From the perspective of continued US aid to the PA, by far the most important part of Indyk’s remarks, like those that Kerry made to the Trilateral Commission, was his claim that the Palestinians will likely respond to the failure of Kerry’s peacemaking by initiating another terror war against Israel.
Indyk’s assertion – or was it a threat? – was notable because the US government is training and financing the Palestinian forces that would be directing the terror war.
Since 2007, the US has spent billions of dollars financing and training Palestinian security services and transforming them into a professional military. Trained using US doctrine, they are the strongest military force the Palestinians have ever fielded against Israel.
These forces – commanded by Abbas – share his supportive view of the terrorist mass murder of Jews. They share his position that Israel has no right to exist, that Jews have no history and are not a nation.
Since 1996, every Palestinian terror campaign has been directed by these security services. And as US Lt. Gen. Keith Dayton, who served as the first commander of the US training mission has stated publicly, these US trained forces can be expected to turn their guns at Israel.
While the PLO was competing with Hamas for leadership, Abbas deployed these US trained forces against Hamas. Now that the PLO and Hamas are unified, these operations will necessarily end.
Moreover, these US trained forces are already involved in terrorism. Over the past six months, IDF commanders have repeatedly pointed fingers at PA security forces claiming that the steep rise in terrorist attacks against Israelis in Judea and Samaria is being organized and directed by them.
This is brings us to the second reason why Paul’s initiative is so critical. While it is important for Israel to find new friends in Washington, it is vital for it to change the narrative about the Palestinians and their conflict with Israel.
The false narrative, which claims that the PLO is moderate and that Mahmoud Abbas is a statesman and a man of peace, has made Israel’s old friends in Washington unable to understand reality. So unlike Paul, these friends are incapable of taking actions that actually advance Israel’s interests and strengthen its alliance with the US.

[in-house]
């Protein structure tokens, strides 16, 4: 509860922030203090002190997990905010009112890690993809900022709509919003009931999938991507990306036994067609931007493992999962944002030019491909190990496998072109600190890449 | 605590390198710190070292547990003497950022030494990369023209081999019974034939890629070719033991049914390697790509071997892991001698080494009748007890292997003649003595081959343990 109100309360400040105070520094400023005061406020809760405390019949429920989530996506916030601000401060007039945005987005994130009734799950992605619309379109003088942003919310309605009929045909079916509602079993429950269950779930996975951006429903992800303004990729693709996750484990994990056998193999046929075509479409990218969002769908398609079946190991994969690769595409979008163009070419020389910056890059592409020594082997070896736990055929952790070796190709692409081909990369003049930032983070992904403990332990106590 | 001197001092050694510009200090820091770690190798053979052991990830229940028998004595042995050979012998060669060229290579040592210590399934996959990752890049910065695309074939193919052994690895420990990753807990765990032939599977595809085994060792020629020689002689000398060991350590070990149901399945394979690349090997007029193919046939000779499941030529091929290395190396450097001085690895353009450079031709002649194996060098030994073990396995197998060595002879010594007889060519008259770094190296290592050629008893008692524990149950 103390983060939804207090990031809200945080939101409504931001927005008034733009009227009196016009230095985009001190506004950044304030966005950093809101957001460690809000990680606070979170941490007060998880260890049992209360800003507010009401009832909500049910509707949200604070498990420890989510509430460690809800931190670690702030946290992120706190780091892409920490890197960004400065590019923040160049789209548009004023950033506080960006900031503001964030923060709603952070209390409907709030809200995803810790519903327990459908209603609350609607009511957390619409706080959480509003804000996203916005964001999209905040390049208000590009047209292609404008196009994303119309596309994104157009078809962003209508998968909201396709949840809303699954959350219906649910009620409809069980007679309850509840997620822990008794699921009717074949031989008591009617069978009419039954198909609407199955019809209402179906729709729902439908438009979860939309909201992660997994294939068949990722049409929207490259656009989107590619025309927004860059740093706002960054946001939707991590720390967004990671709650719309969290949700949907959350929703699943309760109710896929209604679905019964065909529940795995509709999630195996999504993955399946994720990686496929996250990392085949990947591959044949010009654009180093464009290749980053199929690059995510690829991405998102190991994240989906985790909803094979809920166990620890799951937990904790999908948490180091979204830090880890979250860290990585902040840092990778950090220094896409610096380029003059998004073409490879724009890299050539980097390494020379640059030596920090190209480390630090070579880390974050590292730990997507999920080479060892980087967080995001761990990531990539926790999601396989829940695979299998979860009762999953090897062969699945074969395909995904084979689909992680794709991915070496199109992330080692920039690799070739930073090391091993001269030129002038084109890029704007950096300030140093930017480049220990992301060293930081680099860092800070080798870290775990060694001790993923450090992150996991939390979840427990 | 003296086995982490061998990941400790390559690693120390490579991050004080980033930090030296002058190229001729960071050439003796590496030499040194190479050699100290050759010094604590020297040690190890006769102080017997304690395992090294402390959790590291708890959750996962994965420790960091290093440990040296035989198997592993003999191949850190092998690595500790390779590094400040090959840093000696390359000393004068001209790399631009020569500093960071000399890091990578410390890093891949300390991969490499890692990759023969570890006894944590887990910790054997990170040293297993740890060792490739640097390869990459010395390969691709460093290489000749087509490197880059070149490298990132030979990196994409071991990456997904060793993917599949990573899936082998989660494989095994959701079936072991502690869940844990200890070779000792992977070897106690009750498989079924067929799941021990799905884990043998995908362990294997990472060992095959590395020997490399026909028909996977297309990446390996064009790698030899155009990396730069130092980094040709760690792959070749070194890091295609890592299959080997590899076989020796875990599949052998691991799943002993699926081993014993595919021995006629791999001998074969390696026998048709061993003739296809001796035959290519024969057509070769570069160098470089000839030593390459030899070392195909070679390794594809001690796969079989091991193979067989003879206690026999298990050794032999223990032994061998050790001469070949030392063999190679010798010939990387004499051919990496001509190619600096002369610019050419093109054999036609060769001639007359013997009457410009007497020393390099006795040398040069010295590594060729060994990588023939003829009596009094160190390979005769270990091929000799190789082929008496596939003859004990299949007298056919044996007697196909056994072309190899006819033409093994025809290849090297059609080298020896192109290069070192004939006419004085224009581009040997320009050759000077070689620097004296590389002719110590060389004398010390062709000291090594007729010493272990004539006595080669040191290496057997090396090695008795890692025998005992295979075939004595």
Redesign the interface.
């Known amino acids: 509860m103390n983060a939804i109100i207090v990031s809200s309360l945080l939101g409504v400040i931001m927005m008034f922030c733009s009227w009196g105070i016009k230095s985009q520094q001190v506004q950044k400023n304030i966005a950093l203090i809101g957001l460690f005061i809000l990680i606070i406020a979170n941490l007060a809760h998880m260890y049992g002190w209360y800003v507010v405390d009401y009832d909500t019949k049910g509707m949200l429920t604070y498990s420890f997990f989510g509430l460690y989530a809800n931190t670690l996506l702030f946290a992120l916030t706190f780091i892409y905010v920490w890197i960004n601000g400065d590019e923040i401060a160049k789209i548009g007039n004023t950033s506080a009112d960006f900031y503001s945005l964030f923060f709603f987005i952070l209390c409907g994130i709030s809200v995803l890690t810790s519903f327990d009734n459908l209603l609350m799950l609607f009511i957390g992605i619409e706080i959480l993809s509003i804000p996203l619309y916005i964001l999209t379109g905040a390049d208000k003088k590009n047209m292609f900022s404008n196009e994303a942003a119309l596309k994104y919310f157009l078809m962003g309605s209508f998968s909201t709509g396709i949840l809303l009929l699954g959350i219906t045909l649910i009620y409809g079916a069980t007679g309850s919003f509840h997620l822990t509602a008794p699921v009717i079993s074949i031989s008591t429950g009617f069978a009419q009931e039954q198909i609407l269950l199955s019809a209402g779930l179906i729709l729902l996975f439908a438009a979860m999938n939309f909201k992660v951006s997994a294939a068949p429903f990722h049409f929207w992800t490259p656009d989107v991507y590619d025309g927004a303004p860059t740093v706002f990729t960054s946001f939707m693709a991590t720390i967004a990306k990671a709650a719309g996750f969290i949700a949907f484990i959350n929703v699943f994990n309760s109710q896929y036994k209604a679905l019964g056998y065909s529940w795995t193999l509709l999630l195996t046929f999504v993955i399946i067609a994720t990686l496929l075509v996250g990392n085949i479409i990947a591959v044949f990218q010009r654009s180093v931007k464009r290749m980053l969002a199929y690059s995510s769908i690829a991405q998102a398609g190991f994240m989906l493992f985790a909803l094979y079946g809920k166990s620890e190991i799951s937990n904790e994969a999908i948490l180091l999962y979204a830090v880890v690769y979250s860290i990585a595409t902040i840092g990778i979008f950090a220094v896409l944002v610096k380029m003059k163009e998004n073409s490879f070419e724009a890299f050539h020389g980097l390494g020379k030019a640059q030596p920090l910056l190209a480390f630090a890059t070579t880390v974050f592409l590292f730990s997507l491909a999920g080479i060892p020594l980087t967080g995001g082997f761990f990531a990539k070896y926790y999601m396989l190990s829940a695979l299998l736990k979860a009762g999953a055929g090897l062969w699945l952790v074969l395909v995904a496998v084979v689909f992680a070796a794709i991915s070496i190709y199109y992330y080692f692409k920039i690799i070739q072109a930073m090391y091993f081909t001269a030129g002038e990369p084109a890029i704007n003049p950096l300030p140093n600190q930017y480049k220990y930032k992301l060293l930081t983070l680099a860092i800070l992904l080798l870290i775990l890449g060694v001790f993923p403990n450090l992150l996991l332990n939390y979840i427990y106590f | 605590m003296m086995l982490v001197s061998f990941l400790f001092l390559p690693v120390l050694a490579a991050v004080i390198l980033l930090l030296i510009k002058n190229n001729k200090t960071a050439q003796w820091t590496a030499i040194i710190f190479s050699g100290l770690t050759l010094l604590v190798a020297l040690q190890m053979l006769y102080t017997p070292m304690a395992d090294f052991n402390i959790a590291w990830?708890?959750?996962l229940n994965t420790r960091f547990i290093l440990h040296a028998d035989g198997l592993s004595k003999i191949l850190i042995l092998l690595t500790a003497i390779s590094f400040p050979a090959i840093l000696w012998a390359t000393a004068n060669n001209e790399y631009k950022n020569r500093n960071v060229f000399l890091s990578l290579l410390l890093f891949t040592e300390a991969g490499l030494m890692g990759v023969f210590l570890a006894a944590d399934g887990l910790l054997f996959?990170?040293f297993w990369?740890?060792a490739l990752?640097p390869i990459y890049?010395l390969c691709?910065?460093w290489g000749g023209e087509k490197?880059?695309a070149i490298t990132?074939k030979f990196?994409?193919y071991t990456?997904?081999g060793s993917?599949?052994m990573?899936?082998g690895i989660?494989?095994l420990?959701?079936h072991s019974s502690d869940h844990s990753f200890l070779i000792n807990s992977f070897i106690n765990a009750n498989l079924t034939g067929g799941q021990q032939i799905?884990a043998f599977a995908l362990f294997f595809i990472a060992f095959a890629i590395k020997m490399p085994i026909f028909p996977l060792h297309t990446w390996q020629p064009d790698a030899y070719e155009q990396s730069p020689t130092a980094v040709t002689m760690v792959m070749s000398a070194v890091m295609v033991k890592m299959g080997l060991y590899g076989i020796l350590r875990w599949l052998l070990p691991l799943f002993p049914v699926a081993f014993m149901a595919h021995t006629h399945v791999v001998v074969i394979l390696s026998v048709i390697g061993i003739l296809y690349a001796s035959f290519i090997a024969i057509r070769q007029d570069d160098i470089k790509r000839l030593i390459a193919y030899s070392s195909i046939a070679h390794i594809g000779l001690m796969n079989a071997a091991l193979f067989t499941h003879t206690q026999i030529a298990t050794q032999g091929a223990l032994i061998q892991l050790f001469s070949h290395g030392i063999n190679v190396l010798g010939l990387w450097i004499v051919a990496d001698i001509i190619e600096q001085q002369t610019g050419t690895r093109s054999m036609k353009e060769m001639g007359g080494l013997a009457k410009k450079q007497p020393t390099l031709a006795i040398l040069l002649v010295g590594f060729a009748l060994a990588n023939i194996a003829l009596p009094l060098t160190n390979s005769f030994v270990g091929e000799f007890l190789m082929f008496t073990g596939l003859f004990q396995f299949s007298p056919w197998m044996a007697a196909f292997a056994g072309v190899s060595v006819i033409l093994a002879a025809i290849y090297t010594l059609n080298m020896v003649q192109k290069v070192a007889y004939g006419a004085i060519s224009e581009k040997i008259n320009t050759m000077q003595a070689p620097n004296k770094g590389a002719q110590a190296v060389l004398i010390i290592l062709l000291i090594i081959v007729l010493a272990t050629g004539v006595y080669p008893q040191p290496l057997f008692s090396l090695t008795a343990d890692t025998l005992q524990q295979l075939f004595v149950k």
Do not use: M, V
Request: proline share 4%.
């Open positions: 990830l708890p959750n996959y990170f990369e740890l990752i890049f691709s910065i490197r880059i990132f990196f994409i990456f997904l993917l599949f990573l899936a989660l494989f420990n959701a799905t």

The false narrative of PLO moderation has monopolized the discourse on the Palestinians to the point where adherence to the two-state policy has more in common with a religious faith than a policy preference.
Indyk’s hysterical assault on Israel is textbook behavior of a believer lashing out at a person who exposes the utter falsity of his faith.
The believer cannot disown his phony messiah. So his only option is to present the party that unmasked the lie as the devil.
Hence, Indyk’s vulgar assault on Israelis.
But while Indyk’s faith is fanatical, many others share it in more moderate, but still devastating forms. And they too lash out at anyone who exposes their irrationality.
Case in point is the pro-Israel community’s opposition to Paul’s bill.
The day after Paul introduced his bill, AIPAC came out against it. AIPAC opposed the bill, according to the Washington Post’s Jennifer Rubin, (who herself violently opposed it), because its leadership believes that the PA security forces play a key role in fighting Hamas.
So a week after the Israeli government formally ended negotiations because the PA supports terror, AIPAC opposed ending US aid to the PA because, AIPAC claimed, it fights terror.
For her part, Rubin railed against Paul’s initiative claiming that it was “a phony pro-Israel bill.”
Paul submitted his bill for unanimous consent in order to fast track it to a vote and into law. AIPAC convinced some senators to vote against Paul’s bill, and so killed it.
In an interview with Newsmax’s Steve Maltzberg after the vote, Paul attacked AIPAC saying, “I think the American people, if they knew that [AIPAC opposed his bill], would be very, very upset and think, you know what, those people are no longer lobbying in favor of America and Israel if they’re not willing to put restrictions on aid to Palestine.”
In other words, Paul was saying, it is time to move on, and those who insist on acting as though nothing has changed since 1994 are not behaving as one would expect Israel’s friends to behave.
And he is right.
Paul may be a cynical opportunist. But that’s better than a messianic that prefers to believe that Israel is the devil than accept that the Peace Fairy doesn’t exist.
And yes, his refreshing embrace of the truth as the basis for US policymaking makes him a better friend to Israel today than AIPAC that refuses to accept the truth (and like him, failed to support additional sanctions against Iran).
Rand Paul told Fox News after his bill failed to pass that he will not abandon the fight against US aid to the PA.
We must hope that he is true to his word.
Caroline B. Glick is the senior Middle East fellow at the Center for Security Policy in Washington, D.C., and the deputy managing editor of The Jerusalem Post, where this article first appeared.